Your Daily Phil: Minyan TLV serves up spirituality in Tel Aviv + Remembering Elissa Czuker

Good Thursday morning!

Ed. note: In celebration of Labor Day, the next Your Daily Phil will arrive Tuesday morning. Shabbat shalom!

In today’s edition of Your Daily Phil, we report on a new initiative to expose secular Israelis to Shabbat and Mazon’s voluntary recognition of its workers’ union. We also feature opinion pieces from Nachama Skolnik Moskowitz and Erica Brown. We’ll start with colleagues and friends remembering philanthropist and Republican donor Elissa Czuker.

For less-distracted reading over the weekend, browse this week’s edition of The Weekly Print, a curated print-friendly PDF featuring a selection of recent Jewish Insider, eJewishPhilanthropy and The Circuit stories, including: Iran-focused Jewish groups mark first anniversary of Mahsa Amini’s death, prepare for new protests; With polished Hebrew, Germany’s ambassador to Israel draws inspiration from the job; At 60th anniversary of the March on Washington, past is present for many; Book Review: ‘The Controversialist: Arguments With Everyone, Left, Right and Center,’ by Martin Peretz. Print the latest edition here.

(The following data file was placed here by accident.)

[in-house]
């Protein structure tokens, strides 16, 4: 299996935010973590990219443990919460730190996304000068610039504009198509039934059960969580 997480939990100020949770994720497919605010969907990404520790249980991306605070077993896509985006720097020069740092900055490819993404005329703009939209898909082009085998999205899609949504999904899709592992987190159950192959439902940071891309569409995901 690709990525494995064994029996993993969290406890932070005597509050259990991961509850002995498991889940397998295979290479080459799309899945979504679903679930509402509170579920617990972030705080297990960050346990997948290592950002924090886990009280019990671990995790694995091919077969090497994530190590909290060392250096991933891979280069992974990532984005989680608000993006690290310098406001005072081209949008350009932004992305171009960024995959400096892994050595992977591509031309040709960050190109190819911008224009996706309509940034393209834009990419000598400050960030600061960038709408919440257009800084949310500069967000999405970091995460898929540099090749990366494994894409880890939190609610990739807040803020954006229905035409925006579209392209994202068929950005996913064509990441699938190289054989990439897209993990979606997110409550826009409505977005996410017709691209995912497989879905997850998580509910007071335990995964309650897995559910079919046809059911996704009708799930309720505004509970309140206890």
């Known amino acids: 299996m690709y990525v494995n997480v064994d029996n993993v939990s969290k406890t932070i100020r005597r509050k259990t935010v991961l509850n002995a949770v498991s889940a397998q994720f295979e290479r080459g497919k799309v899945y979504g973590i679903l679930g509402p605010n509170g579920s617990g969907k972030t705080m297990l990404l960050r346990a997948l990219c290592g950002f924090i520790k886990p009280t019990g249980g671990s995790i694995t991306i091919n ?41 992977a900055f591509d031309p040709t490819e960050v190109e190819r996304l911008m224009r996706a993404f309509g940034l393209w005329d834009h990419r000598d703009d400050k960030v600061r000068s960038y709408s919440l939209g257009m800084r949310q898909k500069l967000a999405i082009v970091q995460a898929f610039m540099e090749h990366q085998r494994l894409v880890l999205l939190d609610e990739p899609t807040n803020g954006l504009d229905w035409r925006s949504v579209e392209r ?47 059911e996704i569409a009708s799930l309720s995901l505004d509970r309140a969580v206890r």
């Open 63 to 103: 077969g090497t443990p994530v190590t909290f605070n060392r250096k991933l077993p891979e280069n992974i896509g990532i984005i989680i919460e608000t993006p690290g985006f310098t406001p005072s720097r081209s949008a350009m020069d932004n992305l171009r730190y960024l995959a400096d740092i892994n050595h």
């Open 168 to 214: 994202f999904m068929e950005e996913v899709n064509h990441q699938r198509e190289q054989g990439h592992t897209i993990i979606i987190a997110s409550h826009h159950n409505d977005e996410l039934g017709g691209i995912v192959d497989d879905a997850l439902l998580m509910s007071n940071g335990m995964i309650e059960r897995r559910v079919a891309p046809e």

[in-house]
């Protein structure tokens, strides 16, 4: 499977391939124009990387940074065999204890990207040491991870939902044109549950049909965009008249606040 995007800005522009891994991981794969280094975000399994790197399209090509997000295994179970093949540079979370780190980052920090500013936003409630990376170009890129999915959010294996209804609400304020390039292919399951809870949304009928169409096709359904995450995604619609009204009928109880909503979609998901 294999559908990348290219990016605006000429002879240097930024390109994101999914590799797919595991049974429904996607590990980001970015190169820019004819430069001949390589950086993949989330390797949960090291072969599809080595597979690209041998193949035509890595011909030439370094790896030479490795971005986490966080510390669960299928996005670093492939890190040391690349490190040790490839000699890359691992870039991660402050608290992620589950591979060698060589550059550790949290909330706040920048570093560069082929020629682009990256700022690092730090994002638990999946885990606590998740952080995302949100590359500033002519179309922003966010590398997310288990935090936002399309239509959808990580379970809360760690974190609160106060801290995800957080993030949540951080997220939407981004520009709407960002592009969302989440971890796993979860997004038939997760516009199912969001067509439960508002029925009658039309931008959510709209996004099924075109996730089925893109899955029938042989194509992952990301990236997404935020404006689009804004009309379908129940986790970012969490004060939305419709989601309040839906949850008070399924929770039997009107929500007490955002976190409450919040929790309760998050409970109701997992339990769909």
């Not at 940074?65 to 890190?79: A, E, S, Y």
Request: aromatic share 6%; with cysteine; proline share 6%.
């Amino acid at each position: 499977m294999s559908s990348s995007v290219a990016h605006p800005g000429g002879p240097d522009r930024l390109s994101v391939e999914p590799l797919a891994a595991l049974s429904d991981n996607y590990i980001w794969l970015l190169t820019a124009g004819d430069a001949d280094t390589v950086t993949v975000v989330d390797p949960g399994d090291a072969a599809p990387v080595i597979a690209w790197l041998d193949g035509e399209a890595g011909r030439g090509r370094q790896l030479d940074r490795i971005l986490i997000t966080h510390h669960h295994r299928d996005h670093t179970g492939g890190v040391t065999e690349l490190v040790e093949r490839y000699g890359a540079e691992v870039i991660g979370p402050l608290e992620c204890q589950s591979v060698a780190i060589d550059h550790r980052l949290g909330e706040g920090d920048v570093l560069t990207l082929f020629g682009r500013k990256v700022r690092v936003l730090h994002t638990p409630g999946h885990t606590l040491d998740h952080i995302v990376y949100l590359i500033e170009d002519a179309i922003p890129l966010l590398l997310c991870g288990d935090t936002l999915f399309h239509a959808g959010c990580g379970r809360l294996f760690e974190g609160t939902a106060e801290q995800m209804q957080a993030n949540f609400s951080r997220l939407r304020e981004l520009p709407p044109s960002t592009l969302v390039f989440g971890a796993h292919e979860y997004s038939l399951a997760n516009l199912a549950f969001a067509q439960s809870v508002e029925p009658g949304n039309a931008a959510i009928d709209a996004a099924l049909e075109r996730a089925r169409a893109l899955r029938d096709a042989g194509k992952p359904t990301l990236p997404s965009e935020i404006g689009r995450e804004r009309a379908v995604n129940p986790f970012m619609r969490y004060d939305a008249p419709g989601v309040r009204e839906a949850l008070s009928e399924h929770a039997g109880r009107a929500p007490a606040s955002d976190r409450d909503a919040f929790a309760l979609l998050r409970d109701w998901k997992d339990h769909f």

Elissa Czuker, a prominent philanthropist in the Los Angeles area who supported many Jewish causes, donated to several Republican presidential candidates and served on the board of directors of the Republican Jewish Coalition, died last Friday in Los Angeles, reports eJewishPhilanthropy’s Haley Cohen. Czuker was 53.